Deadly brain cancer stopped with new compound

Glioblastoma, one of the deadliest forms of brain cancer, may have found its nemesis. New research shows that the tumor, which is notoriously difficult to treat, can be halted by an experimental compound.

Glioblastoma is a particularly aggressive form of brain tumor, with a median survival rate of 10–12months.

Part of the reason why glioblastomas are so deadly is that they arise from a type of brain cell called astrocytes.

These cells are shaped like a star, so when the tumors form they develop tentacles, which makes them difficult to remove surgically.

Additionally, the tumors advance rapidly. This is because astrocytes provide support to neurons and control the amount of blood that reaches them; so, when tumors form, they have access to a large number of blood vessels, helping cancerous cells to grow and spread very quickly.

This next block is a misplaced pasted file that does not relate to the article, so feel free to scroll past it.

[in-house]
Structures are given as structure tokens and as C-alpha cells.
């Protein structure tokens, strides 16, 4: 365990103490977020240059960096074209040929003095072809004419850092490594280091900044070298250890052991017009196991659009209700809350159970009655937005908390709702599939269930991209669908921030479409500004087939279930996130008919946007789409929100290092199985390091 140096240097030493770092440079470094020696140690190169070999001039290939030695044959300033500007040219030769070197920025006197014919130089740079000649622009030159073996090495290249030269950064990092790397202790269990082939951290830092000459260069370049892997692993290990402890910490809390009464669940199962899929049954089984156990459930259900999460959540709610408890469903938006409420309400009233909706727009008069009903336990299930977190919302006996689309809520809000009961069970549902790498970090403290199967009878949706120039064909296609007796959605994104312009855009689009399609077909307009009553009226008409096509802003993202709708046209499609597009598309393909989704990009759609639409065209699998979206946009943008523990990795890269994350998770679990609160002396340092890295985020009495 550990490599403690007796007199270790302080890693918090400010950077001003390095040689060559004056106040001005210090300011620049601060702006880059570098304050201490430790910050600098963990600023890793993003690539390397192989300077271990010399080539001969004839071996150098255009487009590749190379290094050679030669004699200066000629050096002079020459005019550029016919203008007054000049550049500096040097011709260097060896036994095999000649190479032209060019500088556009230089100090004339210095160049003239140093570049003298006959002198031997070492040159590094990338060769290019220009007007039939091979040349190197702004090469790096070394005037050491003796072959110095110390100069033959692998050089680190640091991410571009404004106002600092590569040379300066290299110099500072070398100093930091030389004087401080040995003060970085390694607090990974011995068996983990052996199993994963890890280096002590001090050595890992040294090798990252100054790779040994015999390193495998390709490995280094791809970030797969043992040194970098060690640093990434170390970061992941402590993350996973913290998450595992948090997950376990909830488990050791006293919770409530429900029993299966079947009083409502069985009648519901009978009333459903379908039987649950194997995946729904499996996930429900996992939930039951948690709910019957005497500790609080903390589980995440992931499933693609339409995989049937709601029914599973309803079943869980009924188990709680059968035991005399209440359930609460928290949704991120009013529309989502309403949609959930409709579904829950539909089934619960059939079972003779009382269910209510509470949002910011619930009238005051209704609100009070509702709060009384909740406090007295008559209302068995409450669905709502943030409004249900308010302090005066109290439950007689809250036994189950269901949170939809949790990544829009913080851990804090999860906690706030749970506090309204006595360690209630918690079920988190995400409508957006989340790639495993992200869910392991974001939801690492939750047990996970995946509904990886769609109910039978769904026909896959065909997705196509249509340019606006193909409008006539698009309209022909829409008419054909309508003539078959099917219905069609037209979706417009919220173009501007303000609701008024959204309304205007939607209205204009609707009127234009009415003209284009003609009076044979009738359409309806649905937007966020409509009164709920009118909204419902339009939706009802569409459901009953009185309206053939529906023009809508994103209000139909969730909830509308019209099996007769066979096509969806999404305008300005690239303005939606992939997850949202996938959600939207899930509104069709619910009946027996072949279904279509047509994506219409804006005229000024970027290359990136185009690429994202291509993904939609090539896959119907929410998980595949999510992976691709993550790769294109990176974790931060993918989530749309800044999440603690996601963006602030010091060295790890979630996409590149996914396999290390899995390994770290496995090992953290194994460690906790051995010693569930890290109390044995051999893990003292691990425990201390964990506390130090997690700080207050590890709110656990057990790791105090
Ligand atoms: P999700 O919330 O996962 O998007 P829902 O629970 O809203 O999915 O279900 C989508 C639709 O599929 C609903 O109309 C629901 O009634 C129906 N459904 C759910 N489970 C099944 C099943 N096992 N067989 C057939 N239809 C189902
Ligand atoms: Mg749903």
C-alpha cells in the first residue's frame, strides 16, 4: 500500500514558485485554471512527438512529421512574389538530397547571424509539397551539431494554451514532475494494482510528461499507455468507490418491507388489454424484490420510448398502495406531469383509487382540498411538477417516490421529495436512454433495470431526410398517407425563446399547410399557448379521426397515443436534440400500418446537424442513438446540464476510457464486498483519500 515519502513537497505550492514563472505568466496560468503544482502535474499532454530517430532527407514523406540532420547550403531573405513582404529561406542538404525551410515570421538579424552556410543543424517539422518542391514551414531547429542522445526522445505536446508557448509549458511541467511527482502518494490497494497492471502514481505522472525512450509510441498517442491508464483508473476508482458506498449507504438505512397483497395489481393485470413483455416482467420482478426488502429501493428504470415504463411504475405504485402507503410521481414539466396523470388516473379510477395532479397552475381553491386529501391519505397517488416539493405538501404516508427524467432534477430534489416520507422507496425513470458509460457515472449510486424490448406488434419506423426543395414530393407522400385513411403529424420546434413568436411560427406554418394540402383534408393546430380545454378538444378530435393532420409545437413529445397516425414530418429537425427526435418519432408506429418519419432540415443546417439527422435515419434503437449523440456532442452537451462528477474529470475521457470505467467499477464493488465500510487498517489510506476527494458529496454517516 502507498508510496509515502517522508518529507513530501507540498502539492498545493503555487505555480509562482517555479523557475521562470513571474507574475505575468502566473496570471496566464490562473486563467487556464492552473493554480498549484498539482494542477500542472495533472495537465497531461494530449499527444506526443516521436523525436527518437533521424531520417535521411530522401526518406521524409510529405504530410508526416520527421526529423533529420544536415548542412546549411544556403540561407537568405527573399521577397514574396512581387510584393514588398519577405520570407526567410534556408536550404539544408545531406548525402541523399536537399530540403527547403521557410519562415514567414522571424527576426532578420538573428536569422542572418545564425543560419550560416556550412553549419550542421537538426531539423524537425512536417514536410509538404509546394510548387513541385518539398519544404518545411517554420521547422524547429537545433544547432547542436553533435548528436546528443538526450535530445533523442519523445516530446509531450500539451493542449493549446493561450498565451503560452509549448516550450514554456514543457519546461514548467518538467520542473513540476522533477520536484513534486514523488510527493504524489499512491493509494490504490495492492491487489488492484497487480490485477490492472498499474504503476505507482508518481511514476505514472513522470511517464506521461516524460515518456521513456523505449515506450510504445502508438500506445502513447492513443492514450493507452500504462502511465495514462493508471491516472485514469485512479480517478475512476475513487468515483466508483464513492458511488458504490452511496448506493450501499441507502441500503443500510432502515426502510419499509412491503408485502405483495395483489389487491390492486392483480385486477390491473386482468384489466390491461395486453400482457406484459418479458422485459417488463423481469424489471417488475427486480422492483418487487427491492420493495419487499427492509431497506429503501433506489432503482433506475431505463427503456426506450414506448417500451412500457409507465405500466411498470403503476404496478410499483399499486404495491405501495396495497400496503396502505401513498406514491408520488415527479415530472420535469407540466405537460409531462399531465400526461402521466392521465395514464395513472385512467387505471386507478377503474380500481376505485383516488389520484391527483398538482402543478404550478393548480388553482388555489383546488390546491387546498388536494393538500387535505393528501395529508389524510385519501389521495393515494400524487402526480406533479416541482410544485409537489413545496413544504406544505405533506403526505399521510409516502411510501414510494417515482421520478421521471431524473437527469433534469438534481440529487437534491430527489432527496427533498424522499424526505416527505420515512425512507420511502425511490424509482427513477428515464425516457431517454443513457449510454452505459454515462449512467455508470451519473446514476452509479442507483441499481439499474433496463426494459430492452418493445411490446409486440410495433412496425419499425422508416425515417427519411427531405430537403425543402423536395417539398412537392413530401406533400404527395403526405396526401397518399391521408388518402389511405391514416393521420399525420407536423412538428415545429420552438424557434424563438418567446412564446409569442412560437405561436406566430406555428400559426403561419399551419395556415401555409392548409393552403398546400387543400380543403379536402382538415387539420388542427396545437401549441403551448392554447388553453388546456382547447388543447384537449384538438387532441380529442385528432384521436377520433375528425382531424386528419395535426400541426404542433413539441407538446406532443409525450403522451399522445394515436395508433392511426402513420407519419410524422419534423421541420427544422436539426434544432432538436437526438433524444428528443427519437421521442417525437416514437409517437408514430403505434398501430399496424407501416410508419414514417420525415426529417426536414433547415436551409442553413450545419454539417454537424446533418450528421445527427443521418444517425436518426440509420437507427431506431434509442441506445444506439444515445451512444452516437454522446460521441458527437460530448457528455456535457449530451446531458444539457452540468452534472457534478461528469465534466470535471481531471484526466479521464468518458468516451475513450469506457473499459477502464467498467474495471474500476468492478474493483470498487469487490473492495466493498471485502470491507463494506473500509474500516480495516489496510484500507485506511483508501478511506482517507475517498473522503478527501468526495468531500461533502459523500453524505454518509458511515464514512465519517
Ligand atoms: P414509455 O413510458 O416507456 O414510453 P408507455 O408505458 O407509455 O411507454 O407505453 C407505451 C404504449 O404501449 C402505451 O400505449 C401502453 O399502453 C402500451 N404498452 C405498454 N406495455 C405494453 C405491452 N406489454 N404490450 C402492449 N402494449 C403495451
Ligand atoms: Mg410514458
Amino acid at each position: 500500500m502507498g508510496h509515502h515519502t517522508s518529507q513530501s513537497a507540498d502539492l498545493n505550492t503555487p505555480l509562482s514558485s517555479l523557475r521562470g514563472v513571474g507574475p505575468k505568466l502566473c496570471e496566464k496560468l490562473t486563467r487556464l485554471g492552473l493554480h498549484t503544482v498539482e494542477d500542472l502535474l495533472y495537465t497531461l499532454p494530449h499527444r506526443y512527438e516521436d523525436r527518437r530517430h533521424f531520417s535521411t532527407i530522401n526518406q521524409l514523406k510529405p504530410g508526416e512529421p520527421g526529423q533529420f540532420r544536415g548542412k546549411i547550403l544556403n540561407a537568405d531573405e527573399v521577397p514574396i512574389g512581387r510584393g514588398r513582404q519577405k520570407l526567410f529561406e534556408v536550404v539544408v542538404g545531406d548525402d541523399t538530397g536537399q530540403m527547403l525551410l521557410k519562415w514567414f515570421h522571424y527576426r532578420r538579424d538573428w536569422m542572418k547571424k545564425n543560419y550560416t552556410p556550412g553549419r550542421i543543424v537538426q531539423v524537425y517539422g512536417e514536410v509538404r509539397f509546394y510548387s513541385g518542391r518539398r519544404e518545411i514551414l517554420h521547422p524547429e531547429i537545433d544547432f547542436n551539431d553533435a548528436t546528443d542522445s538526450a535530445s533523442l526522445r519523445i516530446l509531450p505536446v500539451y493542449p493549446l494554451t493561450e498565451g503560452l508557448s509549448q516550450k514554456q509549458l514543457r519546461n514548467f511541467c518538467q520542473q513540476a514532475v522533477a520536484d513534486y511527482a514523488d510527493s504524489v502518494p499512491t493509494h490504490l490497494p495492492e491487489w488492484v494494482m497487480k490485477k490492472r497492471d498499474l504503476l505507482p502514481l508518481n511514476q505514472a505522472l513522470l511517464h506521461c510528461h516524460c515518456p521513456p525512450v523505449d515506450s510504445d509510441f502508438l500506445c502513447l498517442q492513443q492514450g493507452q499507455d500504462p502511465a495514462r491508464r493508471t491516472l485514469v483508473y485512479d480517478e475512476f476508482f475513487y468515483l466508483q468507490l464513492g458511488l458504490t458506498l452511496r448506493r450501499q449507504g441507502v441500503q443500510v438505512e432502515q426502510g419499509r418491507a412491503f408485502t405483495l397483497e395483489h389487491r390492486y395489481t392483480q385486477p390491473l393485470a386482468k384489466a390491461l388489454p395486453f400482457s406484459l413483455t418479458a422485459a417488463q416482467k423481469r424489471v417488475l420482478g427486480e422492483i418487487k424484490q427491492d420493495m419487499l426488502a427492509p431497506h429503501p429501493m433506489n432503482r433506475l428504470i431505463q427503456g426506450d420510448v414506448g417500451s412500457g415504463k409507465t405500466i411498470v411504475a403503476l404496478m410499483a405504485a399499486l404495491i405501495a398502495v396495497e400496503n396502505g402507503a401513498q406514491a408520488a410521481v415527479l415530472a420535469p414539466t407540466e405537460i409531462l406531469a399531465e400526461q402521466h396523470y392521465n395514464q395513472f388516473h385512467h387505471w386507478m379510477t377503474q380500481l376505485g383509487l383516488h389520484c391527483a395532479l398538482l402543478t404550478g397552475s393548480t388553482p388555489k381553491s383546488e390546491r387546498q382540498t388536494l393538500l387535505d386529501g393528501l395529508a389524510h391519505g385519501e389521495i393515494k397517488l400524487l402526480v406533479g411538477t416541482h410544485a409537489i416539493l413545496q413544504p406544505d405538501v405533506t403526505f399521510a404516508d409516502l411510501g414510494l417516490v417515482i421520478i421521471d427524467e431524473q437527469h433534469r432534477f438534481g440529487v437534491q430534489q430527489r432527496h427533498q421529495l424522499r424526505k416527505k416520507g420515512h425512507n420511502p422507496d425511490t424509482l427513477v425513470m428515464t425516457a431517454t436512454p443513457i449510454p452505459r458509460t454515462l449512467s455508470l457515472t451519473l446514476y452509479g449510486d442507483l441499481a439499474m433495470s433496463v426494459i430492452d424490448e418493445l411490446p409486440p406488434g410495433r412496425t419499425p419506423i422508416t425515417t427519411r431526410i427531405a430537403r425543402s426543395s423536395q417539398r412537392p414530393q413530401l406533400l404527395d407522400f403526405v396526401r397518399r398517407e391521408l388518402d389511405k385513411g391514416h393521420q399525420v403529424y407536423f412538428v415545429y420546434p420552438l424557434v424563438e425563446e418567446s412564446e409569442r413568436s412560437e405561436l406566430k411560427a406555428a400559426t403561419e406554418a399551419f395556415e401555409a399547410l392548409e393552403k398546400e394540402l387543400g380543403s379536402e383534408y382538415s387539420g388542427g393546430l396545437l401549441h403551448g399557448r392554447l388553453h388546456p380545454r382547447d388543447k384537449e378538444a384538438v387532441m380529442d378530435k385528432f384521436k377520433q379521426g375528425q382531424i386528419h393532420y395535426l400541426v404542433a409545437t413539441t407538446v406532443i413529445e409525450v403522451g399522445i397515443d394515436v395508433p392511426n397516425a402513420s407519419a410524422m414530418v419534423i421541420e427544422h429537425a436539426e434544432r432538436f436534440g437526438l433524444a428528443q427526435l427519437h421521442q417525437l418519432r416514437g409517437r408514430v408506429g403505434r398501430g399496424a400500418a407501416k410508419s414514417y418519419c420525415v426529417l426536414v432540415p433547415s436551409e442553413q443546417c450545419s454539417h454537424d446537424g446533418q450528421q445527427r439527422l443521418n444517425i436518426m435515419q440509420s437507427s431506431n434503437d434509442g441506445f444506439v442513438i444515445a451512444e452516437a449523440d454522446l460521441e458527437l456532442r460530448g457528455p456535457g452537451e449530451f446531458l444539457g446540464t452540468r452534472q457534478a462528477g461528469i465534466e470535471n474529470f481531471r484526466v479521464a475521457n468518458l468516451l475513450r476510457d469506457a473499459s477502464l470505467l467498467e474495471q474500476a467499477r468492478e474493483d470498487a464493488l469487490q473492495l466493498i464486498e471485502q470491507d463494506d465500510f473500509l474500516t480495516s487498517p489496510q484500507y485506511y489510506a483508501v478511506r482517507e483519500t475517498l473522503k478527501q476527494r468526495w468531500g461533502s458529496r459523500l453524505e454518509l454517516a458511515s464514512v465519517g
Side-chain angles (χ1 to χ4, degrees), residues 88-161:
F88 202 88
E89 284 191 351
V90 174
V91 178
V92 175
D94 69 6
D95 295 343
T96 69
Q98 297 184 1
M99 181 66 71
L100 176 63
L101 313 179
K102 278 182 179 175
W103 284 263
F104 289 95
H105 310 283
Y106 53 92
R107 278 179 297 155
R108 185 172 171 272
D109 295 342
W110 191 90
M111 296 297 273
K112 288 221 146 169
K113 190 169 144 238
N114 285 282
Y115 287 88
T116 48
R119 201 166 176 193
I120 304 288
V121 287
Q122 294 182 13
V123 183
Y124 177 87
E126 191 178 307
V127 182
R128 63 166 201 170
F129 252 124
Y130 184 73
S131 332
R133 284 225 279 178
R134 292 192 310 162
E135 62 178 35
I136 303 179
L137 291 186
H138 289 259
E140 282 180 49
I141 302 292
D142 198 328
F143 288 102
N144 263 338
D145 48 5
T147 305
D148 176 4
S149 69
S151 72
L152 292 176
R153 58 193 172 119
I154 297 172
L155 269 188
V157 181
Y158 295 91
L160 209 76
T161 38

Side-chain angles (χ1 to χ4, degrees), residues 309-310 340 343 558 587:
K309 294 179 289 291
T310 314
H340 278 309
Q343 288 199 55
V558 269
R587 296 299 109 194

Another reason that glioblastomas are so difficult to treat is their high rate of recurrence. This is partly due to a subpopulation of cells contained in the tumor called glioma stem cells (GSC) — a type of self-regenerating cancer stem cell that controls the growth of tumors.

Subhas Mukherjee, Ph.D., a research assistant professor of pathology at the Northwestern University Feinberg School of Medicine in Chicago, IL, and his colleagues have been studying the behavior of these cells for a few years.

Building on this previous research, Mukherjee and team have now found that these cells contain high levels of an enzyme called CDK5.

Blocking this enzyme, the researchers show in their new study, stops glioblastomas from growing and inhibits the self-regenerating capabilities of GSCs.

The findings were published in the journal Cell Reports.


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